Bevacizumab (BV) plus chemotherapy is broadly used in advanced ovarian cancer (OC). However, the efficacy of BV-based regimens for advanced OC patients is not satisfactory. Therefore, it is urgent to explore the predictive genetic biomarkers for BV.Tumor tissues from advanced OC patients receiving BV-based regimens were analyzed with a 150-gene targeted panel for next generation sequencing. The associations between gene alterations or clinicopathology features and progression-free survival (PFS) were analyzed by Kaplan-Meier curves or Cox regression. The association of the genetic alteration in potential predictive genes and expressions of 11 vascular endothelial growth factor-related genes were analyzed in The Cancer Genome Atlas cohort using 292 OC cases.Sixty two Chinese advanced OC patients treated with BV-based therapy were included. The median PFS of was 6.9 months, and objective response rate was 14.5%. In multivariate Cox regression analysis, the status of endothelial growth factor receptor (EGFR) (hazard ratio = 6.39, 95% confidence interval [CI] 2.25-18.13, P < .001) and human epidermal growth factor receptor 2 (HER2) (hazard ratio = 3.58, 95% CI 1.27-10.08, P = .016) were significantly correlated with PFS. MYC Proto-Oncogene amplification seemed to have a positive trend (hazard ratio = 0.21, 95% CI 0.05-1.02, P = .052). Moreover, EGFR and HER2 alterations were not prognostic factors of overall survival for OC in The Cancer Genome Atlas OC cohort. The vascular endothelial growth factor-related signature analysis indicated vascular endothelial factor A expression was upregulated with EGFR alterations (P = .034) which may be involved in BV resistance, and HER2 alterations were associated with hypoxia inducible factor 1 subunit alpha overexpression significantly (P = .029).EGFR or HER2 alterations are negative predictors of PFS for OC patient treated with BV plus chemotherapy. Therefore, the clinicians may consider to use alternative regimens such as anti-EGFR or anti-HER2 targeted therapy instead of BV-based regimens on these patients when standard care fail.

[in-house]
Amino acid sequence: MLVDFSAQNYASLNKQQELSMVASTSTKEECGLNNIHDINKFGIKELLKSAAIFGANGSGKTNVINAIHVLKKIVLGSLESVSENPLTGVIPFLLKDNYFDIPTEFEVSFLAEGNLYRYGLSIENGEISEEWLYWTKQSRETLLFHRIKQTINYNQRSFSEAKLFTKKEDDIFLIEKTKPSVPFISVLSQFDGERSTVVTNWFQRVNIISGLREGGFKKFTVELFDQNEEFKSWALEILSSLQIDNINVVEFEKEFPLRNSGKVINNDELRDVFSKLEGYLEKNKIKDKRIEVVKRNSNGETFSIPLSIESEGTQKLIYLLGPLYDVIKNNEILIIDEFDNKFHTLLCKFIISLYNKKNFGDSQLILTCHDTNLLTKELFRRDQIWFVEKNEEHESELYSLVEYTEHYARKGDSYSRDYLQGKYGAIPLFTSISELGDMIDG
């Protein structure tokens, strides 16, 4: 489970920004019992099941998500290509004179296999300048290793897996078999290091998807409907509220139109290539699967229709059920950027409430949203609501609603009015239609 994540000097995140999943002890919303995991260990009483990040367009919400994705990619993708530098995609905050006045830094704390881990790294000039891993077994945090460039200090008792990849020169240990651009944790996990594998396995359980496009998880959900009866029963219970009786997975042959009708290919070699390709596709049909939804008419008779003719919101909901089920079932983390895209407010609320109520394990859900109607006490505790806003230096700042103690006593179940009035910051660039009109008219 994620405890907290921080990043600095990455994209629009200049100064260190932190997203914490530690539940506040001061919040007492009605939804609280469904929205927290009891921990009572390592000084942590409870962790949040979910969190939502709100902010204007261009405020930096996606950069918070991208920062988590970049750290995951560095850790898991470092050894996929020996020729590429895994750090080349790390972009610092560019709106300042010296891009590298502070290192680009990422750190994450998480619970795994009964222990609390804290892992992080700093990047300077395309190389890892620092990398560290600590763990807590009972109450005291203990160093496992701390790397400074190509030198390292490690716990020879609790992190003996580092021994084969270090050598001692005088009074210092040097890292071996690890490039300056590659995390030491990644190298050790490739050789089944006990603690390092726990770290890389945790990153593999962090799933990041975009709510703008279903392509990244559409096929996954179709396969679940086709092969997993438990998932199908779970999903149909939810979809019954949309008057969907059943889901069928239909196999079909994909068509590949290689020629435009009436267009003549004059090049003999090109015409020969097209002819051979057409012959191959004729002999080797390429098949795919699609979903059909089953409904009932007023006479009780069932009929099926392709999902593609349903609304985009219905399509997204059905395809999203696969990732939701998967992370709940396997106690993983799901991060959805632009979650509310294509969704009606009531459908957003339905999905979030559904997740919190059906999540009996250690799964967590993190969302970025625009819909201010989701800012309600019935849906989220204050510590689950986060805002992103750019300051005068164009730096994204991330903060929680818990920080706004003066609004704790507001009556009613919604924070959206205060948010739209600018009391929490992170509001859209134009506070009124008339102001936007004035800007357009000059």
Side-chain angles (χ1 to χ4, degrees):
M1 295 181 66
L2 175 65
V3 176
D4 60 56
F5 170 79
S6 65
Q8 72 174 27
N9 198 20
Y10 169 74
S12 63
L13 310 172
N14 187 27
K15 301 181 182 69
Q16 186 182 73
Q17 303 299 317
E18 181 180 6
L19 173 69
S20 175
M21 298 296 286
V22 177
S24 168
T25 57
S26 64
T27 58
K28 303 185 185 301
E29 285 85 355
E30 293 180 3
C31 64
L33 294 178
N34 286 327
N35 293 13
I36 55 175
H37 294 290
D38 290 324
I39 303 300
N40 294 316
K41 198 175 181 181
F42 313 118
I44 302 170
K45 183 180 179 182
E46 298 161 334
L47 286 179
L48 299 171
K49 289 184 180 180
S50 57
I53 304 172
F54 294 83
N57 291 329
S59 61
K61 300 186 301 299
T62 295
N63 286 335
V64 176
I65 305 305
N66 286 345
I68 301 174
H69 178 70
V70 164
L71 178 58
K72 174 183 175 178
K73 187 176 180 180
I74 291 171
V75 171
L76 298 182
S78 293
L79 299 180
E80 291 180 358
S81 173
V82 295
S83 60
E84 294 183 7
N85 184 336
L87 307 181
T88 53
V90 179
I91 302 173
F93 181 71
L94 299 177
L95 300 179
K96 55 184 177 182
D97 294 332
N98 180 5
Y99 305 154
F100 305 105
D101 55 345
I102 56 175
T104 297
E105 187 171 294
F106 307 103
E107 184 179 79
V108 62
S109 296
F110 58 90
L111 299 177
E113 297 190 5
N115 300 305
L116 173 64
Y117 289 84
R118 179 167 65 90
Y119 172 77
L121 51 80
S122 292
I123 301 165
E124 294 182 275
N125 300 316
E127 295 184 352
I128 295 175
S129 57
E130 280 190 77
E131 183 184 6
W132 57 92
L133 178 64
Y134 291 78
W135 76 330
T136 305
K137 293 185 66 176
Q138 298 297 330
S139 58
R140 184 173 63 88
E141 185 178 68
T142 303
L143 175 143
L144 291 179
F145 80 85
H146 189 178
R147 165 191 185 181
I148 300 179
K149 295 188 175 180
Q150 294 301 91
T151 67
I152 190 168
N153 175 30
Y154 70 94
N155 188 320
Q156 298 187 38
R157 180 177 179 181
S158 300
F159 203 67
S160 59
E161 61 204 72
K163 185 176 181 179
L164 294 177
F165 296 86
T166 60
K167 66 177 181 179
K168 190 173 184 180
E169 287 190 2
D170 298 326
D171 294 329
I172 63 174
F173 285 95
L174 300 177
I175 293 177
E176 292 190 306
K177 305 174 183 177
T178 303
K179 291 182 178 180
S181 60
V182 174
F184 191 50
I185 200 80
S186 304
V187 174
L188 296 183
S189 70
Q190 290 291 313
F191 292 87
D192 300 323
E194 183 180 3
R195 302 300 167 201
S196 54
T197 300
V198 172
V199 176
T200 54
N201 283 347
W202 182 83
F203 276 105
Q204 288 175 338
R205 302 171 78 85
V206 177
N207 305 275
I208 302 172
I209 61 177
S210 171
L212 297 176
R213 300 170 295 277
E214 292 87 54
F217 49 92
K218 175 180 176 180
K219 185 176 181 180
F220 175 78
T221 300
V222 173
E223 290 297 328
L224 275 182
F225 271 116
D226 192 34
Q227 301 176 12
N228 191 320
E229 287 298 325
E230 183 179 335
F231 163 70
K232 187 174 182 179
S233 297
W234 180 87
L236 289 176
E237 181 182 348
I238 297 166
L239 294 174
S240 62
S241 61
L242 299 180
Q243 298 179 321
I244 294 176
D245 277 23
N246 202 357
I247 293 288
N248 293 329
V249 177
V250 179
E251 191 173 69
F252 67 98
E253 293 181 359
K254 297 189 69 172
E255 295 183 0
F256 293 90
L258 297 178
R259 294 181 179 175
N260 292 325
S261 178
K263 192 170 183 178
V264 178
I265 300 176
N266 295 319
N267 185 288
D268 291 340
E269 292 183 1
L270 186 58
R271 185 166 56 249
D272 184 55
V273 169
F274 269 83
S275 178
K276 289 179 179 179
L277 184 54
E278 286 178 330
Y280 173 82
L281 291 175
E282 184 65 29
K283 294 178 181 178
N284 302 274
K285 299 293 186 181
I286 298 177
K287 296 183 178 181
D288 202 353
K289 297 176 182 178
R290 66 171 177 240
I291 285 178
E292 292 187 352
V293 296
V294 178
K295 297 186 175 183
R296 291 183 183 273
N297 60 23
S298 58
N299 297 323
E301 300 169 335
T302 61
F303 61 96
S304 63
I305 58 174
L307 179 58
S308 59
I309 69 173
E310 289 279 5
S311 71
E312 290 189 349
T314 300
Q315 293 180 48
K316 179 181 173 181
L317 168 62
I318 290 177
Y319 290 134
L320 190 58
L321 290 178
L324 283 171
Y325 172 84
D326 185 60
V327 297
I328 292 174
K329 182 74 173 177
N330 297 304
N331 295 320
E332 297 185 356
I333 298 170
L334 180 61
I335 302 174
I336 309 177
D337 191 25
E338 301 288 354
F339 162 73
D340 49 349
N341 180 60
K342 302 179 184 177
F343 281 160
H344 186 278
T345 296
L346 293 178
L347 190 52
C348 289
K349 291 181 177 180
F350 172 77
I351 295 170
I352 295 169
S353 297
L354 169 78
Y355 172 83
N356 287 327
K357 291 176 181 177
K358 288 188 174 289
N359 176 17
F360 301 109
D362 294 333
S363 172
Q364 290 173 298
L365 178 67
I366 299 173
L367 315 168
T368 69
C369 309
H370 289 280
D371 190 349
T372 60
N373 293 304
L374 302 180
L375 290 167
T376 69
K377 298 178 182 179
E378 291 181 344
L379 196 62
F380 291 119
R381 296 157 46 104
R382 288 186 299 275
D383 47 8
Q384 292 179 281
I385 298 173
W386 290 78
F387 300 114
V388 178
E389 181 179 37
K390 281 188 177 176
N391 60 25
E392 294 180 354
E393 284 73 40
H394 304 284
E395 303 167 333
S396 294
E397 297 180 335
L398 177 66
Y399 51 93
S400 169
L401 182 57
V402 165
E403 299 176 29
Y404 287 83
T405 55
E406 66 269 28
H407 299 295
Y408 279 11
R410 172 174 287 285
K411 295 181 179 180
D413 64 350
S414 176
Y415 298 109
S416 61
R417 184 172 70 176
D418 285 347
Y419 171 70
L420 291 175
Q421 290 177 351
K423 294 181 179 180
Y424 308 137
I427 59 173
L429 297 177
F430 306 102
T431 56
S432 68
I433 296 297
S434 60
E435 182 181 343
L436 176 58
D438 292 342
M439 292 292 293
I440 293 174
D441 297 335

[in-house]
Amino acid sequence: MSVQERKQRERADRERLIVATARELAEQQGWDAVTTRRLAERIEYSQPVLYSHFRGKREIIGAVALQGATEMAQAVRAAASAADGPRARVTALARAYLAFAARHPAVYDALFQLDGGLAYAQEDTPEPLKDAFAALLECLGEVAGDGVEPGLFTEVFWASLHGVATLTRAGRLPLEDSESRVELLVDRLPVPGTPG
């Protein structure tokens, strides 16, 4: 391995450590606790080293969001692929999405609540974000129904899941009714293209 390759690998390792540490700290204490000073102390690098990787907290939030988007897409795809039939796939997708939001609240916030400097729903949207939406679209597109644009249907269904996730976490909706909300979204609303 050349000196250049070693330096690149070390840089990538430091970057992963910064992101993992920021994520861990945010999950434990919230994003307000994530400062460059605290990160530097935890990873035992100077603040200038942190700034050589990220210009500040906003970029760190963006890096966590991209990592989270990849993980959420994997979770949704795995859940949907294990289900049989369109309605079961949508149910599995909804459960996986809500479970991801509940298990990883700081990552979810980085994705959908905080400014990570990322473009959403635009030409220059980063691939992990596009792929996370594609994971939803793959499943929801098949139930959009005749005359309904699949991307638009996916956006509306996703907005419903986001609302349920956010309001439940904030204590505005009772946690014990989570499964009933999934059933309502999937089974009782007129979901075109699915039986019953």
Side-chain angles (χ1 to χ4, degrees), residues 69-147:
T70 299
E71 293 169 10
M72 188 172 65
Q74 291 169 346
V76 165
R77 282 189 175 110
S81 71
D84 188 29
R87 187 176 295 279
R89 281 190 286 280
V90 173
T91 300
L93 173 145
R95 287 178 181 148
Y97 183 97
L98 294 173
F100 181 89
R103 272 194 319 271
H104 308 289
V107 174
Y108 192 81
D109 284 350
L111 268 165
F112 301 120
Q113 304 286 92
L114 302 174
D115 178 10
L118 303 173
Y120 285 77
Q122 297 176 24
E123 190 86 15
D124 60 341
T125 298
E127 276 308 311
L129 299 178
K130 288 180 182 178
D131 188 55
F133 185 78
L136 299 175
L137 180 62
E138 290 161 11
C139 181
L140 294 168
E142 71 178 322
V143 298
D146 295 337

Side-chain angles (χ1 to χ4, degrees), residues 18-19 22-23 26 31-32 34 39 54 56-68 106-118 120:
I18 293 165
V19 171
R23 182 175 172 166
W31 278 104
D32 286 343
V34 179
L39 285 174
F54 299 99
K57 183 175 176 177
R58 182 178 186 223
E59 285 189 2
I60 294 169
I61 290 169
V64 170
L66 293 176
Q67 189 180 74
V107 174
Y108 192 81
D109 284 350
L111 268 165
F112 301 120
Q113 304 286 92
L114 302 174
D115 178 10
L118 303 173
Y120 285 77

Copyright © 2021 the Author(s). Published by Wolters Kluwer Health, Inc.